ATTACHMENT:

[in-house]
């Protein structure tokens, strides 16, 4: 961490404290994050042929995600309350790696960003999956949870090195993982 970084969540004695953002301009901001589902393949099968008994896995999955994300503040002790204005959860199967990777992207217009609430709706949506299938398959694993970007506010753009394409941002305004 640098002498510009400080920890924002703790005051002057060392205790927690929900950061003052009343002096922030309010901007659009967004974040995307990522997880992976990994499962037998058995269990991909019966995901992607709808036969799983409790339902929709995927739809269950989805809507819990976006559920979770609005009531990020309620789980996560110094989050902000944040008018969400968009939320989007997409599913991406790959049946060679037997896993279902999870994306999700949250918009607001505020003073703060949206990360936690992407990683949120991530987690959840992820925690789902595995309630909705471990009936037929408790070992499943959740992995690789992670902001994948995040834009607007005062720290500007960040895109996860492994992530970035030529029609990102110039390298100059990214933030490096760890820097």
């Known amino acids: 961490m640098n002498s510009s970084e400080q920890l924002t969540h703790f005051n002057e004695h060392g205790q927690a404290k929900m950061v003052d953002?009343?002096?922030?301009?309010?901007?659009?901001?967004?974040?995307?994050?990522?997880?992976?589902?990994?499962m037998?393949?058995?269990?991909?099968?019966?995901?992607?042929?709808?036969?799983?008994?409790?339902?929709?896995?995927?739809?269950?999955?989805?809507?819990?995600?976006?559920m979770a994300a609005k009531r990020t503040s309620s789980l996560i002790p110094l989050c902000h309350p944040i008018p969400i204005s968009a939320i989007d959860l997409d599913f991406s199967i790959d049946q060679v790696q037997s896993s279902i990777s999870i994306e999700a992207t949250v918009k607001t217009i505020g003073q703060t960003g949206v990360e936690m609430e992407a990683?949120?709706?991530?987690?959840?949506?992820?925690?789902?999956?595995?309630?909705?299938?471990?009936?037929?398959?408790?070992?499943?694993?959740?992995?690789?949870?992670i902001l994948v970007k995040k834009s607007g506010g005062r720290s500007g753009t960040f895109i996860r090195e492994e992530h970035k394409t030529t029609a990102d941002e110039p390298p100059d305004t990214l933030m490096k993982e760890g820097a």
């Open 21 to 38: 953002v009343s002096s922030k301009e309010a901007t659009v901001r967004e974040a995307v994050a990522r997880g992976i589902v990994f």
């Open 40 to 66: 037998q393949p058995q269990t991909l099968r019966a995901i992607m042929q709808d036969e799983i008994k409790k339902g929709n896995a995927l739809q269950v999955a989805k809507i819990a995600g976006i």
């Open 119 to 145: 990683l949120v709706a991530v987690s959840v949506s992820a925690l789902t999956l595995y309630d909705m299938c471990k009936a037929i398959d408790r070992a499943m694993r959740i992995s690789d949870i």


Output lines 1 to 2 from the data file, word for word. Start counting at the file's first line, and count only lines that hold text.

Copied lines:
[in-house]
């Protein structure tokens, strides 16, 4: 961490404290994050042929995600309350790696960003999956949870090195993982 970084969540004695953002301009901001589902393949099968008994896995999955994300503040002790204005959860199967990777992207217009609430709706949506299938398959694993970007506010753009394409941002305004 640098002498510009400080920890924002703790005051002057060392205790927690929900950061003052009343002096922030309010901007659009967004974040995307990522997880992976990994499962037998058995269990991909019966995901992607709808036969799983409790339902929709995927739809269950989805809507819990976006559920979770609005009531990020309620789980996560110094989050902000944040008018969400968009939320989007997409599913991406790959049946060679037997896993279902999870994306999700949250918009607001505020003073703060949206990360936690992407990683949120991530987690959840992820925690789902595995309630909705471990009936037929408790070992499943959740992995690789992670902001994948995040834009607007005062720290500007960040895109996860492994992530970035030529029609990102110039390298100059990214933030490096760890820097």